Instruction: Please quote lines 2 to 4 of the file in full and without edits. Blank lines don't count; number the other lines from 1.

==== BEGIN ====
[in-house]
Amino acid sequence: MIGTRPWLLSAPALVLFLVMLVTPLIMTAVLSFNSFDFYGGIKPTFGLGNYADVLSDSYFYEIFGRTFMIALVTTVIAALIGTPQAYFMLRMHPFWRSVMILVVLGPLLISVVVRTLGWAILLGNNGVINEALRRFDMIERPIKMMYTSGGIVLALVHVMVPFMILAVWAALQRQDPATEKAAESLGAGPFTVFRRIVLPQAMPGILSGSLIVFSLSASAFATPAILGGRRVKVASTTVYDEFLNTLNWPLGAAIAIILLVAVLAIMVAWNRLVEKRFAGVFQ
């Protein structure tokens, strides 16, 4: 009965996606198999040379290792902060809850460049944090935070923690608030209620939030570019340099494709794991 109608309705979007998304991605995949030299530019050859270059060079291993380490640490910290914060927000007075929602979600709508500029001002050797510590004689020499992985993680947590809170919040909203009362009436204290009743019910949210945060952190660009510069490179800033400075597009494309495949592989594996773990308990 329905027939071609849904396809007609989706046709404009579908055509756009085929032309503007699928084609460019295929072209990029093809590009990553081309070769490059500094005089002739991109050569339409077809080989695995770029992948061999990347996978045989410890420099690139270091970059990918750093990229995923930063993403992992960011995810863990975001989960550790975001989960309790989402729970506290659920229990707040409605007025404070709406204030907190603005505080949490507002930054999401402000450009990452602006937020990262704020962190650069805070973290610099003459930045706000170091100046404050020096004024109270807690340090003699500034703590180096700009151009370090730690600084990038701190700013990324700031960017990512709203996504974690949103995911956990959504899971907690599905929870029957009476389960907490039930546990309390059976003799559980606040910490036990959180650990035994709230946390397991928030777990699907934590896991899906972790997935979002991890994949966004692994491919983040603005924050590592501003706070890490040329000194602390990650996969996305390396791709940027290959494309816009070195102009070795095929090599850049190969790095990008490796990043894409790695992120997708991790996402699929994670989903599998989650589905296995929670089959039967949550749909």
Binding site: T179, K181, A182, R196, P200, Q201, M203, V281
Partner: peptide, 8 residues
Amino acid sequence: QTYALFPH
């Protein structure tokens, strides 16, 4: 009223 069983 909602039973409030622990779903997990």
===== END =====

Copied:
Amino acid sequence: MIGTRPWLLSAPALVLFLVMLVTPLIMTAVLSFNSFDFYGGIKPTFGLGNYADVLSDSYFYEIFGRTFMIALVTTVIAALIGTPQAYFMLRMHPFWRSVMILVVLGPLLISVVVRTLGWAILLGNNGVINEALRRFDMIERPIKMMYTSGGIVLALVHVMVPFMILAVWAALQRQDPATEKAAESLGAGPFTVFRRIVLPQAMPGILSGSLIVFSLSASAFATPAILGGRRVKVASTTVYDEFLNTLNWPLGAAIAIILLVAVLAIMVAWNRLVEKRFAGVFQ
């Protein structure tokens, strides 16, 4: 009965996606198999040379290792902060809850460049944090935070923690608030209620939030570019340099494709794991 109608309705979007998304991605995949030299530019050859270059060079291993380490640490910290914060927000007075929602979600709508500029001002050797510590004689020499992985993680947590809170919040909203009362009436204290009743019910949210945060952190660009510069490179800033400075597009494309495949592989594996773990308990 329905027939071609849904396809007609989706046709404009579908055509756009085929032309503007699928084609460019295929072209990029093809590009990553081309070769490059500094005089002739991109050569339409077809080989695995770029992948061999990347996978045989410890420099690139270091970059990918750093990229995923930063993403992992960011995810863990975001989960550790975001989960309790989402729970506290659920229990707040409605007025404070709406204030907190603005505080949490507002930054999401402000450009990452602006937020990262704020962190650069805070973290610099003459930045706000170091100046404050020096004024109270807690340090003699500034703590180096700009151009370090730690600084990038701190700013990324700031960017990512709203996504974690949103995911956990959504899971907690599905929870029957009476389960907490039930546990309390059976003799559980606040910490036990959180650990035994709230946390397991928030777990699907934590896991899906972790997935979002991890994949966004692994491919983040603005924050590592501003706070890490040329000194602390990650996969996305390396791709940027290959494309816009070195102009070795095929090599850049190969790095990008490796990043894409790695992120997708991790996402699929994670989903599998989650589905296995929670089959039967949550749909």
Binding site: T179, K181, A182, R196, P200, Q201, M203, V281